The Curator

The Curator

Ezra T. Gray

“How long have you been The Curator?” the little boy asked.

The boy appeared to be no more than eight, maybe, and small for his age.

“Not long,” The Curator snapped, irritated. Then, to himself, he muttered, “not long enough.”

The Curator was slender and not particularly tall, though his narrow frame made him look tall from a distance.

The boy persisted. “How long, huh?”

“Five years. And that is not long.”

“Son!” a man’s voice thundered. “Son, get over here and leave the nice man alone.”
The Curator looked up to see a huge man who stood half a head taller than himself, and possessed shoulders you could hang drapes on. The man was obviously the boy’s father.

“Get over here, son, now.”

The Curator looked at the man. His face was hard and chiseled. He was a soldier, perhaps, or maybe a cop. Whatever he did, he was a tough. For a second, a wave of panic swept over The Curator.

What if he heard me! What if…. Will he do me violence? A knot formed in The Curator’s stomach. No, he wouldn’t dare harm me. I am The Curator, the one and only Curator, chosen by the people to be in sole command of the People’s History Museum. The heritage of the Great and Mighty People has been entrusted to me. He wouldn’t dare harm me.

But Curators had been hurt before, even physically removed from the museum. Then a worse thought took hold.

What if — what if he heard me snap at the boy and he tells someone? I could be removed! Oh, God, what would happen if I was removed? My work…. My mission would surely fail.

The Curator had to act, and act fast. “Oh, don’t be concerned, he is fine. As a matter of fact, he is better than fine.” The Curator patted the lad on the head. “He is just curious, curious about our Great History, how we came to be here, and how all this took place.” The Curator held up his hand, gesturing grandly toward the great halls and exhibits which littered the complex that was the Great Museum. “He needs to know his history.”

“Thank you,” the man said with a smile.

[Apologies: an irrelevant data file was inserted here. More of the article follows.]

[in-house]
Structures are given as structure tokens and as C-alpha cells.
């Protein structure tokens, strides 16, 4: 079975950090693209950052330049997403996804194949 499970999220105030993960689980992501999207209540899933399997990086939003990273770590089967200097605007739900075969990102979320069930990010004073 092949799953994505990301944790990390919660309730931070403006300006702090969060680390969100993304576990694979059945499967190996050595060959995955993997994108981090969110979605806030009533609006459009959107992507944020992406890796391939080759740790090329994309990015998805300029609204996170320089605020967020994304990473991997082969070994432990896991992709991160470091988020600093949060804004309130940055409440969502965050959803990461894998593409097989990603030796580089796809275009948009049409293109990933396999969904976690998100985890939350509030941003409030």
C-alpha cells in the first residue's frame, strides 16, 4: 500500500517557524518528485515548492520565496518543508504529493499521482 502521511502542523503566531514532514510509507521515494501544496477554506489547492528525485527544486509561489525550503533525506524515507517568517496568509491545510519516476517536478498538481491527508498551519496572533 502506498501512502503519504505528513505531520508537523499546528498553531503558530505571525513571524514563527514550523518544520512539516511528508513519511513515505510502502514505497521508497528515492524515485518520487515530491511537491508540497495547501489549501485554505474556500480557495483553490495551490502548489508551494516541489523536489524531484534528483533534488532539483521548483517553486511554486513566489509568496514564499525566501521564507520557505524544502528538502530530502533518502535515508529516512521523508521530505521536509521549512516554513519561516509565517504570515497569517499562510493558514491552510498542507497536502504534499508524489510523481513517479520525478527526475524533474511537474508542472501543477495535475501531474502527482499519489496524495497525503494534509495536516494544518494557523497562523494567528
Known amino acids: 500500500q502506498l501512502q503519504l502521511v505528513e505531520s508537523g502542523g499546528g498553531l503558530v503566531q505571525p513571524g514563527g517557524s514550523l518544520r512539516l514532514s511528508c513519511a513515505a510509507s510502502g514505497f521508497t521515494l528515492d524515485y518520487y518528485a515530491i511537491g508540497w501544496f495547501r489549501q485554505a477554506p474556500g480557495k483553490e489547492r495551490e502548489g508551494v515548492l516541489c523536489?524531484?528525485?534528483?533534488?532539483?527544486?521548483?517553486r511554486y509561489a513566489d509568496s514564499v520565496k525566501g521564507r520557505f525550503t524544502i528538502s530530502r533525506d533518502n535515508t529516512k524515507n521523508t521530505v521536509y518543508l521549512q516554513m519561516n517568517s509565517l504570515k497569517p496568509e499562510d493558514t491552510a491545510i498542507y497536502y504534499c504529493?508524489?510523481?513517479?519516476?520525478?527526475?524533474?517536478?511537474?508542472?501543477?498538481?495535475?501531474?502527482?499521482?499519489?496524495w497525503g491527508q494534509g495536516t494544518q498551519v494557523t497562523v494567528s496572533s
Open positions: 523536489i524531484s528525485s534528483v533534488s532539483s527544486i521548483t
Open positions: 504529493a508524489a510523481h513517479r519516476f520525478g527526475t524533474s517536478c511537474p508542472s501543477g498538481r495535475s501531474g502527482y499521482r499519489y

However, even though the man smiled, the Curator could see that it was forced. The man’s eyes were cold and blue…. Stone cold blue.

“You are a Forward Defender.”

“Yes, Sir,” the boy’s father said, “I am.”

The curator recognized the blue eyes immediately. No other group of people had eyes quite like the Forward Defenders’. Some say it is because of their training — that there something in the water at the front — others say it is due to the goggles they have to wear, while still others whisper of a weird DNA change. No one knew for sure, but all Forward Defenders had them. No matter what your eye color was when you began, sooner or later your eyes turned blue.

The Curator’s eyes were brown. He had never been a Forward Defender. He had not even been a Rear Guard. He was nothing. He did not go to Defender School. He had opted out, choosing instead to serve in the Entertainment Corps. It was more of a cop out than an opt out.

The blue-eyed man picked up his son. “Sorry he was bothering you. He’s just really inquisitive for five.”

“Five? He is big for five, I thought he was seven or eight. His linguistic skills are very developed.”

“Yes,” the man said, “he was always that way. He started speaking in whole sentences when he was only a year old.”

“Well, thank you for coming to the museum.”

“I wanted to bring my son to see it, before —”

“Before what?”

“Before… nothing.” The man turned to go. “Have a nice day, Curator.”

Some day his kind will be gone. Some day.

The truth was the heroes would never be gone. However, The Curator was rabid about his illusions. That was why he became The Curator—to change history and, in so doing, change the Great and Mighty Nation into something different that it had been in the past.

The big man stopped at one of the exhibits. The Curator could see the man explaining the story to the boy. Then he saw the big man shake his head. He could almost read his lips.

“No,” the big man, mouthed, “that was not the way it was.”

The Curator strained to listen. If he could’ve, he would have heard the man say, “the flying monkeys were wearing yellow shirts and they were carrying axes, not swords. And the giant sloths were not there then, they came later.”

The Curator did not have to hear. He knew what the man would say. He’d heard it all before. He knew the rhetoric. He knew the true history, too. And he knew the Frontier between the Great and Mighty Land and the Barren Land was still a place of danger, but he just refused to accept it.

The Curator also knew that he was never supposed to change the exhibits, but he did. He did it all the time. He had taken an oath not to, but to him, that oath meant nothing. Every Curator took an oath, and most held that oath sacred, but not this Curator. For you see, the Great Museum was more than just a place of entertainment. It was more than just a gathering place for family to come together and have a good time. It housed the historical record of the Great and Mighty Land, the only historical record there was. To change the exhibits was tantamount to changing history. It was the sacred duty of The Curator to preserve the history of the Great and Mighty People, honestly and loyally. It was the greatest dishonor to change anything—but he had. He knew the ugly truth.